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Uitzicht op een fabriek met een windmolen ernaast

A significant part of the Dutch economy still depends on carbon-emitting processes. It is imperative that we cut back emissions rapidly and change over to green energy to limit global warming to below 2 degrees Celsius. This change-over is known as the energy transition, and it started a long time ago. But we need to speed it up if we are to protect ourselves from the ramifications of climate change.

Why does DNB occupy itself with the energy transition?

At De Nederlandsche Bank we are committed to safeguarding the stability of the Dutch economy and our financial sector. Climate change poses threats to both. For one thing, the likelihood of natural disasters has increased, which may derail our economy. Also, if we keep putting off the change-over to green energy, we may end up having to do so very abruptly. As a result, firms and households could find themselves running out of time. This could also severely damage our economy.

A solution: Carbon pricing

The energy transition is progressing only slowly. The main reason is that high-emission businesses are not paying nearly enough to cover the social costs of their carbon emissions. Consequently, they have no financial incentives to switch to more sustainable business models and reduce their emissions. Introducing a carbon tax could be a solution. This way, governments could make carbon-emitting businesses pay a fair price for their climate impact. This could trigger such businesses to make the transition to green alternatives faster. The good thing is: prior research by De Nederlandsche Bank (available in Dutch) shows that a carbon tax is not necessarily harmful to the economy.

There is already pricing of carbon emissions across the globe, but more progress is needed to reach the Paris Climate Agreement target of limiting global warming to below 2 degrees Celsius, as evidenced by a range of studies.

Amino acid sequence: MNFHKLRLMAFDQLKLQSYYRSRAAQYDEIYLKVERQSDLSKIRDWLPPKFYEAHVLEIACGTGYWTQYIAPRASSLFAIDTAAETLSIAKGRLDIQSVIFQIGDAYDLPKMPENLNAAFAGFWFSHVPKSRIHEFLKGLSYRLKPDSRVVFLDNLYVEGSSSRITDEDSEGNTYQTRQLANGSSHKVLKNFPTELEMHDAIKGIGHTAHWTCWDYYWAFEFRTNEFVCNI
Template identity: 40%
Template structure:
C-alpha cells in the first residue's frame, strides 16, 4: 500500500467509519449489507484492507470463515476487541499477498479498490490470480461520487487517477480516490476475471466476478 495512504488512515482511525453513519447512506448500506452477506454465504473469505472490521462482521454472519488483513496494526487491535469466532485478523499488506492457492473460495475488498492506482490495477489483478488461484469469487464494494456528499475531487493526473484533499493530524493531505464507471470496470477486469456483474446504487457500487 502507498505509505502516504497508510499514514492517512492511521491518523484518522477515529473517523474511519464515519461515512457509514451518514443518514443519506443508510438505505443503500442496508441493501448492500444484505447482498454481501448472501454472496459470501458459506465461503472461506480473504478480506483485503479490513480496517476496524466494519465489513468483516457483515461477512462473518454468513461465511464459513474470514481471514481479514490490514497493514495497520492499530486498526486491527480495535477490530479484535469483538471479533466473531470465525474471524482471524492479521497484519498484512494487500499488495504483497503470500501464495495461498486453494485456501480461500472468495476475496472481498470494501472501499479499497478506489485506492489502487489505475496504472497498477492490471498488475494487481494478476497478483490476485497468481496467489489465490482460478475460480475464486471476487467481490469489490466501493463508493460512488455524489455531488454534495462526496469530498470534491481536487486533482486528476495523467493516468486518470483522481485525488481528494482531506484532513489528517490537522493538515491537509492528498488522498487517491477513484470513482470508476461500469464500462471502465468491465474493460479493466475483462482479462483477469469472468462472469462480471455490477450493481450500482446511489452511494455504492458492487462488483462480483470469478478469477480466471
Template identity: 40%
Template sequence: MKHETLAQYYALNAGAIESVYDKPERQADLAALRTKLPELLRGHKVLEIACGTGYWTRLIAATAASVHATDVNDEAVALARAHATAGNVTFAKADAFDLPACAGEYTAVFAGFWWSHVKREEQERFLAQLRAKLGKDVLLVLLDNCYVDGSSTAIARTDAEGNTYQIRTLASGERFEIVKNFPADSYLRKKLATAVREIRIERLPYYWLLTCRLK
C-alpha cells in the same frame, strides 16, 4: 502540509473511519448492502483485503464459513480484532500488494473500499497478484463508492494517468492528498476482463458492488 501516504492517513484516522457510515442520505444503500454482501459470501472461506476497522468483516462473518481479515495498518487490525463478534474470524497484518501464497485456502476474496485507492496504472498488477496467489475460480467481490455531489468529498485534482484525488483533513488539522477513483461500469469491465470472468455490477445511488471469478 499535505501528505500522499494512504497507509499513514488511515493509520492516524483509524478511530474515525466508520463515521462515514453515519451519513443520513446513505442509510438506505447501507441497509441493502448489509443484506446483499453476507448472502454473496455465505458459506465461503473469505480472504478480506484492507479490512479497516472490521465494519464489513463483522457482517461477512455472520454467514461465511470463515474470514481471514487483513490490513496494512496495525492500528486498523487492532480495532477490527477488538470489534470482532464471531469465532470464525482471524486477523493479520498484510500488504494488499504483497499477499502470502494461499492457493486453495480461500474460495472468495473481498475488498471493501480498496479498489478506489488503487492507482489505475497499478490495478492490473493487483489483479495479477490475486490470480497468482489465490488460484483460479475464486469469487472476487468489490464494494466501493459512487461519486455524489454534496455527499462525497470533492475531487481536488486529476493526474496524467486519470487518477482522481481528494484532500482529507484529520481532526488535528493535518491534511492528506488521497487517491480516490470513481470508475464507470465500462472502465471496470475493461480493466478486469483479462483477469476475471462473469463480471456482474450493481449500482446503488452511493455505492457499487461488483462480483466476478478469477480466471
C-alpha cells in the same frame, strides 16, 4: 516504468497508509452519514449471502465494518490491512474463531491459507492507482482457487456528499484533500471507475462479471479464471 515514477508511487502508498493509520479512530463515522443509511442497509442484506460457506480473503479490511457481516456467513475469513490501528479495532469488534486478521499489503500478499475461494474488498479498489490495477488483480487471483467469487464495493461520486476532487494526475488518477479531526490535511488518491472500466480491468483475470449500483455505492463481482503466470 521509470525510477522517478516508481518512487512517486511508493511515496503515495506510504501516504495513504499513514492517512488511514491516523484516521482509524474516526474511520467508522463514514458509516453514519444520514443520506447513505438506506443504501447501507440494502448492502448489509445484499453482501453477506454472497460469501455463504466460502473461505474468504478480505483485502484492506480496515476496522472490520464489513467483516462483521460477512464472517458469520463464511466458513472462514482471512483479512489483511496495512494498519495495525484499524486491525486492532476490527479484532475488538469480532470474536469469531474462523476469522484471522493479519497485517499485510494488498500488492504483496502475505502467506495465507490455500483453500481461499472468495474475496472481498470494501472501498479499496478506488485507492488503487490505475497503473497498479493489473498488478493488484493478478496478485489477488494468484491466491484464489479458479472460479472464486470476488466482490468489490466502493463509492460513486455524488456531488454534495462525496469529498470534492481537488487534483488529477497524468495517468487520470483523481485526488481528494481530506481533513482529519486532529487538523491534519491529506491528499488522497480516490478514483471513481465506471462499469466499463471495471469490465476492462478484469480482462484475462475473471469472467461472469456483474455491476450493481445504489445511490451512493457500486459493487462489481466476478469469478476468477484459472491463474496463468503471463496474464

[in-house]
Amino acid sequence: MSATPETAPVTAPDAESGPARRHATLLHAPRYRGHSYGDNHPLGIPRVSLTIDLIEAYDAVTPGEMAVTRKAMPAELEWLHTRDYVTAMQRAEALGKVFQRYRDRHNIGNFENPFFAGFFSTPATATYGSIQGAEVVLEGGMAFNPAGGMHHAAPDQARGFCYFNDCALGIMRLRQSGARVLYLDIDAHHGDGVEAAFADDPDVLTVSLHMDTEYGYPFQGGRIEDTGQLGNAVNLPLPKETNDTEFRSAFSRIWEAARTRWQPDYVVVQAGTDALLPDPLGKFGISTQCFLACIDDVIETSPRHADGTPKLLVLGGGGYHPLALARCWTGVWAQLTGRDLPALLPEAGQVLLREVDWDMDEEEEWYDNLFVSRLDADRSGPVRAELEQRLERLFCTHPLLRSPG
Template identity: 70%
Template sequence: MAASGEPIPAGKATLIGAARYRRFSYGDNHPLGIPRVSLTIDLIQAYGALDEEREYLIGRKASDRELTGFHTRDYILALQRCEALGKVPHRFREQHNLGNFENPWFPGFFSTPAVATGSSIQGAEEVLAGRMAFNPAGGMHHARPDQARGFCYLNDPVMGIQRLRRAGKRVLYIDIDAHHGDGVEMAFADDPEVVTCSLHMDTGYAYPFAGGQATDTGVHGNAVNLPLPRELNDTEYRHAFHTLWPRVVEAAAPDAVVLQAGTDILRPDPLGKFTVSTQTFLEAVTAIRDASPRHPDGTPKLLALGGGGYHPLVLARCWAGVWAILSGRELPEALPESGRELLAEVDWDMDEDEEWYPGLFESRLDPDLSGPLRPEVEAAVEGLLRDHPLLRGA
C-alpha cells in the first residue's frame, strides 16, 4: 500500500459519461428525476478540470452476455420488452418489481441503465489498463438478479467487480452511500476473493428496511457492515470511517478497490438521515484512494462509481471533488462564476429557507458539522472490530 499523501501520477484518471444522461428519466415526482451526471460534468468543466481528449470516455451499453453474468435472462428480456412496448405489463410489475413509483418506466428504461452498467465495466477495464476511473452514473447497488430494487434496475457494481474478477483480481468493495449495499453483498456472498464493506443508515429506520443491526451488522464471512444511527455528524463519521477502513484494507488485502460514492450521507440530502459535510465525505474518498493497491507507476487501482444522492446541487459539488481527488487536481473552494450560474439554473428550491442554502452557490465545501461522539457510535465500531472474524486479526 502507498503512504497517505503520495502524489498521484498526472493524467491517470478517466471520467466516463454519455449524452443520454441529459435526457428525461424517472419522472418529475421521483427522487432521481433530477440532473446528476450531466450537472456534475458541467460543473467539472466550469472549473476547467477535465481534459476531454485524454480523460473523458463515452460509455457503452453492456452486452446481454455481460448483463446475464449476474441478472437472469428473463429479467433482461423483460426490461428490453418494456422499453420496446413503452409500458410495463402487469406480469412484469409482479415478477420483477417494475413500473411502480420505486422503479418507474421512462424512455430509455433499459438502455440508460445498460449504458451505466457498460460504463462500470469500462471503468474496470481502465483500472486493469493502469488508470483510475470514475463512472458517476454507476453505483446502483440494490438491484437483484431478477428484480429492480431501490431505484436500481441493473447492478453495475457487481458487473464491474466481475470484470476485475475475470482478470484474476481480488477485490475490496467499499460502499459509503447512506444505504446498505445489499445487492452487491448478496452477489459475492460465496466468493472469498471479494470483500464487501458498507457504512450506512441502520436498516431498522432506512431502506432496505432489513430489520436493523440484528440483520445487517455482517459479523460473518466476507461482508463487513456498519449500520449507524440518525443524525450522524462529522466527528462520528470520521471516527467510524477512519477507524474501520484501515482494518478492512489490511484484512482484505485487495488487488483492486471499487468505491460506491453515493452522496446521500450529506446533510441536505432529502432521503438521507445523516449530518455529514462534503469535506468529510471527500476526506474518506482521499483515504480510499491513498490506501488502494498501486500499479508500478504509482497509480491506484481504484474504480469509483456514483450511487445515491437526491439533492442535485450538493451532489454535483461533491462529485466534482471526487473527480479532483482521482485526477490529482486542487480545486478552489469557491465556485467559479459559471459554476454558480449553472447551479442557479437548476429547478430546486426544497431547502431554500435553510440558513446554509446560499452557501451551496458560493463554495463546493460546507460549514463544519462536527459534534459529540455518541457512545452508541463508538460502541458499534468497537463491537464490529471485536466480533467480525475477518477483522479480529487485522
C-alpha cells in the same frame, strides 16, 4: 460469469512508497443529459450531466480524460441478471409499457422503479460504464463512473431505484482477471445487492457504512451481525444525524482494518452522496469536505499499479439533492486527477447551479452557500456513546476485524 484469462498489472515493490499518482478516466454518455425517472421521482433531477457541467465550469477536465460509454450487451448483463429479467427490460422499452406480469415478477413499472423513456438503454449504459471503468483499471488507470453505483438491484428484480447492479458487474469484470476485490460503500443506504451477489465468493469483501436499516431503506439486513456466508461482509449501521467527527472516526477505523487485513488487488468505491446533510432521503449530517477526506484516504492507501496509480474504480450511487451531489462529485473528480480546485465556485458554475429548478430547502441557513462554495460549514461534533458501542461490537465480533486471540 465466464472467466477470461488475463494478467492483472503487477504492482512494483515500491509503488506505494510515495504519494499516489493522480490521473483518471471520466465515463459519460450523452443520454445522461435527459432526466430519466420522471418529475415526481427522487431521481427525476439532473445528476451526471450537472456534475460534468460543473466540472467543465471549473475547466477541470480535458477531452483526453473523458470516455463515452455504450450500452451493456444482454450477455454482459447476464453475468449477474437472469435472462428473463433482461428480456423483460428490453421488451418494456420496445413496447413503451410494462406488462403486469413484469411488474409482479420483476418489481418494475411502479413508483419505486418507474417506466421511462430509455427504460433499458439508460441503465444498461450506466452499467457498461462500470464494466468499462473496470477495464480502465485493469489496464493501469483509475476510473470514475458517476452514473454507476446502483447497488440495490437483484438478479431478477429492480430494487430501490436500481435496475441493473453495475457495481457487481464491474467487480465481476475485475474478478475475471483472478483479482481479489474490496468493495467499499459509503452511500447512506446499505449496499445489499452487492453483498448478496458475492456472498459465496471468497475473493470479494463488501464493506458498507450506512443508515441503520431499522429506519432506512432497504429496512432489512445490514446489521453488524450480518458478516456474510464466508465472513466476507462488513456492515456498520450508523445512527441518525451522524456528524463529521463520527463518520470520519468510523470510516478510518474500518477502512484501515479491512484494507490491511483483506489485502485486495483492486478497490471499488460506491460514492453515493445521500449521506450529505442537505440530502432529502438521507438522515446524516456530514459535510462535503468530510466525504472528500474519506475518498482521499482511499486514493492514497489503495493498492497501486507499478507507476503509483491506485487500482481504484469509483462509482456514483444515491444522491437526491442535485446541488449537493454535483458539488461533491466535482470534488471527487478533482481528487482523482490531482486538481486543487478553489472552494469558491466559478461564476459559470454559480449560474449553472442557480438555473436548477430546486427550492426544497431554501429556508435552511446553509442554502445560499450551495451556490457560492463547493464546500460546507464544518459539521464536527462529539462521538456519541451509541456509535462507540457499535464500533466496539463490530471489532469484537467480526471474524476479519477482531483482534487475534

What can the EU do?

In July 2021, the European Commission (EC) presented a comprehensive set of proposals for reducing greenhouse gas emissions by at least 55% by 2030, compared to 1990 levels. Carbon pricing is an important element in the proposals. Currently, only certain businesses in the energy and heavy industry sector pay for their carbon emissions. They do so under the European Emissions Trading System (ETS). Besides improving the ETS, the EC proposes to introduce a wider-scoped trading system that also covers such sectors as the buildings and road transport. A system of carbon certificates will apply at the EU's external borders, which importers of electricity, steel and cement must buy. At DNB we welcome these opportune proposals. It is important, however, that they are not excessively watered down under pressure from individual Member States.

What can the Netherlands do?

In the Netherlands, the new cabinet must substantially ramp up climate action if it wants to meet the European target of reducing emissions by at least 55% by 2030. After all, any stricter European agreements must be implemented in Dutch policy measures. In addition, the cabinet could bring forward planned and sorely needed climate-related investment. It could integrate these in an incentive package aimed at spurring recovery from the COVID-19 crisis (green recovery).

What can the financial sector do?

Companies in the financial sector can contribute to the energy transition by investing sustainably. Financial institutions have large investment portfolios worth billions of euros.  If they invest more money, for example, in renewable energy and less in carbon-intensive sectors, they can contribute to a more climate-neutral economy. We are already seeing that Dutch insurers invest less and less in fossil fuels. In 2012, for example, Dutch insurers invested 24% of their assets in the three most polluting industries, but figures for 2019 show that this percentage has now fallen to 17%.